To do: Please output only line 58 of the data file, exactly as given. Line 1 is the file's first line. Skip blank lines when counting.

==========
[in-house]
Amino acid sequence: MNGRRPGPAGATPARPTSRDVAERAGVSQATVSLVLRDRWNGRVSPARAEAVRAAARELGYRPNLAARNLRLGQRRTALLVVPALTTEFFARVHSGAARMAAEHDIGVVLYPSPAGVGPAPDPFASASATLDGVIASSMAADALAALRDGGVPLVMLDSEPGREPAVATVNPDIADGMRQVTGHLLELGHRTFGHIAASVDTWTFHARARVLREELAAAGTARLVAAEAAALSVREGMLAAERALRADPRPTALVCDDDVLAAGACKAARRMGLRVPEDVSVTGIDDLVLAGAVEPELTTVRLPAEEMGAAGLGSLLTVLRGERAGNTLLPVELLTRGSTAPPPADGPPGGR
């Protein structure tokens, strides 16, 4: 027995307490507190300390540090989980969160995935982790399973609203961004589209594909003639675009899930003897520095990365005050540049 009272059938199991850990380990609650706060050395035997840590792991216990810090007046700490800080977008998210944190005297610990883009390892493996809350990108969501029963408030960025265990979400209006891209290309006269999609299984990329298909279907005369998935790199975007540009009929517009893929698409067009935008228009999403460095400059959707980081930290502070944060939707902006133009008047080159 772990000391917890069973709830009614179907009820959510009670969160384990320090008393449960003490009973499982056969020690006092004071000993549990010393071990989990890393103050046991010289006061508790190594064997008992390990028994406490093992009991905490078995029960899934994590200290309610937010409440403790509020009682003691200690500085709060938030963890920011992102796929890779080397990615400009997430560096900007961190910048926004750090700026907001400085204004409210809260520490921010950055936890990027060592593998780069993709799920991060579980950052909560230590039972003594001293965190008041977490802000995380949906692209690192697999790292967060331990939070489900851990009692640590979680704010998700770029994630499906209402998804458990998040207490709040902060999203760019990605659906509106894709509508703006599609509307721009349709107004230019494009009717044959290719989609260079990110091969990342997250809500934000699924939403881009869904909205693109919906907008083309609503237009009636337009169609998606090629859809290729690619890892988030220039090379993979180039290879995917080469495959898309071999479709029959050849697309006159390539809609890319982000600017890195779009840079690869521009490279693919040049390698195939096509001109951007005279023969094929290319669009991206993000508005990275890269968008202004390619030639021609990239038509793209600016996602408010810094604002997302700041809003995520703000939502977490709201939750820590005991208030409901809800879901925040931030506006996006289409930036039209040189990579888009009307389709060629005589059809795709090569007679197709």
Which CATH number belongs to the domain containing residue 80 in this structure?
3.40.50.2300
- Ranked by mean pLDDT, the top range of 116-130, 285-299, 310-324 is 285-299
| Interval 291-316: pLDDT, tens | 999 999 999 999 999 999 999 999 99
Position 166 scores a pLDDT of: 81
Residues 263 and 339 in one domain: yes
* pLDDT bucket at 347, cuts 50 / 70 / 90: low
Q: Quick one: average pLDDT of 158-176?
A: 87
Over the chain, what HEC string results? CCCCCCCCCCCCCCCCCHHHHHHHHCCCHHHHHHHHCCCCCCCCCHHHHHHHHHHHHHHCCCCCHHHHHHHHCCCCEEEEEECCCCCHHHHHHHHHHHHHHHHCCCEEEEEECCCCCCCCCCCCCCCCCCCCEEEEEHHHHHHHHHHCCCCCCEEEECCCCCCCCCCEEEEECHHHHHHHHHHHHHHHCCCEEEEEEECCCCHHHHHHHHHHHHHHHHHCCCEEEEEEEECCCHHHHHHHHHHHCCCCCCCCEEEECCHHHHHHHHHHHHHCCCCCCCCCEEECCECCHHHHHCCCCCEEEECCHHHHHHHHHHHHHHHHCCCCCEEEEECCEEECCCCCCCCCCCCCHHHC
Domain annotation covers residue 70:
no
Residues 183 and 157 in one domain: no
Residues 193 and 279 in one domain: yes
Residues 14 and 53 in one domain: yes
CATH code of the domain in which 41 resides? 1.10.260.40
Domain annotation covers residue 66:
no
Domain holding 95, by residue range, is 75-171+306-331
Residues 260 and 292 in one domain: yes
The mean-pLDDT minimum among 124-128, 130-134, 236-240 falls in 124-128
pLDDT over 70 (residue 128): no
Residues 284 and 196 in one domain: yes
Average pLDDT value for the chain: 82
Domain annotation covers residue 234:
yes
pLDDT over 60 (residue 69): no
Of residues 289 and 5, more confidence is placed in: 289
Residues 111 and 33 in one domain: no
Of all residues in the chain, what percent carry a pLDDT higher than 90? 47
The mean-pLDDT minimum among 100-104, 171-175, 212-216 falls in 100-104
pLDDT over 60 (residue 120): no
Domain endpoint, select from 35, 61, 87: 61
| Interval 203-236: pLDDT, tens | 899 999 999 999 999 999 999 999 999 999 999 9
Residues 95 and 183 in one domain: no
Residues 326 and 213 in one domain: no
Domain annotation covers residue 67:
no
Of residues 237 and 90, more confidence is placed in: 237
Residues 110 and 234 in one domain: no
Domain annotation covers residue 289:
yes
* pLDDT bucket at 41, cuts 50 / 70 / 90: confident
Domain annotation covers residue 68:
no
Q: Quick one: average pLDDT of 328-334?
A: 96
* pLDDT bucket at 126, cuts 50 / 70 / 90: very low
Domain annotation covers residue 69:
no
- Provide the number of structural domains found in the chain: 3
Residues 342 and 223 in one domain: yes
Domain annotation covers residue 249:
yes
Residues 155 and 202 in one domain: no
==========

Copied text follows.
Residues 155 and 202 in one domain: no